Subaltern cyclists

Motorists. In case you weren't sure who the roads in Columbus are for.

Motorists. In case you weren’t sure who the roads in Columbus are for.

Heading towards downtown Columbus from Old Towne East, you see a tall building with a sign that reads “Motorists.” It’s visible from lots of places in town, and while it doesn’t have any real significance, it seems to emphasize the transportation hierarchy here.

Before arriving in Columbus I’d reached out to Yay Bikes!, the city’s most prominent bike advocacy group, to ask to meet to chat about their work. Their director called me back and asked if I was trying to hire them, which I thought was an odd question. When I explained that I was just a student doing research, she told me that she and her staff wouldn’t have time to talk with me.

I was a bit flummoxed. I’ve never met a bike advocate who wouldn’t go on at length about bike advocacy at the slightest provocation. (And I’ll cop to that myself). It felt like something strange was going on with bike advocacy in Columbus.

Digging a little deeper, there apparently was some sort of conflict among bike groups in Columbus in the past. In addition to Yay Bikes!, there was a group named Consider Biking, and the two groups fell to in-fighting. Over what, I’m not sure, but it looks like it got nasty. Among the bits of detritus I’ve been able to find, there’s a message from 2009 on the Bike PGH (Pittsburgh) message board from someone with Yay Bikes! accusing Consider Biking of plagiarizing the “About” page of Bike PGH’s web site. Which seems quite petty. There was an article about the conflict in The Other Paper, a now-defunct Columbus alt-weekly, that I haven’t yet been able to find the full text of. While in town I asked a few people about the story, and no one really wanted to get into the details.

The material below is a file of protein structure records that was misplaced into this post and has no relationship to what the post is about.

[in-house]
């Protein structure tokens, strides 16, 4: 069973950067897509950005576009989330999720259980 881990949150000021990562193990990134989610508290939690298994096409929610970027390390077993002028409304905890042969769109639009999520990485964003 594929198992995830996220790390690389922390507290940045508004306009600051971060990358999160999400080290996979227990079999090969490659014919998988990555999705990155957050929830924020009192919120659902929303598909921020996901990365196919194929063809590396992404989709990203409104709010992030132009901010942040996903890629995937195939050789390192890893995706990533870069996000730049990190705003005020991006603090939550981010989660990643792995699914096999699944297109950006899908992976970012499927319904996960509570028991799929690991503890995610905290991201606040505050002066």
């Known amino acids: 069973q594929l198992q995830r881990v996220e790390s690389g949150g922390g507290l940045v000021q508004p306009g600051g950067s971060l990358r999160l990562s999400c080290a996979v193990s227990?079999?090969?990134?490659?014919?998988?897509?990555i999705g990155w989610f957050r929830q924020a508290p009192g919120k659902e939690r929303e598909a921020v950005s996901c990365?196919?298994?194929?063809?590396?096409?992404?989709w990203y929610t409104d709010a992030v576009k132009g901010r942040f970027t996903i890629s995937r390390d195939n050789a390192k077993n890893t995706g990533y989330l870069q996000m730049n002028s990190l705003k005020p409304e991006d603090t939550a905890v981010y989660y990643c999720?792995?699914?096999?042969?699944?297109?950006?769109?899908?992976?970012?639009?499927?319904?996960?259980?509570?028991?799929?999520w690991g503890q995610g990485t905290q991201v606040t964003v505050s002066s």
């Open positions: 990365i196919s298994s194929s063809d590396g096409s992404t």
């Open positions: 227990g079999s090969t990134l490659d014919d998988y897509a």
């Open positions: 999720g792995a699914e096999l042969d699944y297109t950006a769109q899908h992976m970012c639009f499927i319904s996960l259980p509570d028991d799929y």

That led me to thinking about conflict between bike groups. In Charlotte I also felt some tension between the Charlotte Spokes People and Sustain Charlotte, which seemed to align along the classic bike advocacy conflict of vehicular cycling vs. infrastructure advocacy. Those kinds of disputes don’t seem to happen anymore in the Bay Area, and I didn’t notice them in Minneapolis or Austin, either.

One thing we know about subaltern groups is that there is a tendency towards infighting and competition amongst themselves. Instead of banding together to fight for their interests, they can fall into disputes over goals and methods–especially, whether to work within the system or to disrupt it. I’m going to look at some of the research on that question and see how it might apply to bike advocacy groups in cities where biking is marginal. And I’ll also look at what happens when a subaltern group becomes part of the hegemony, which has occurred in San Francisco and Portland.

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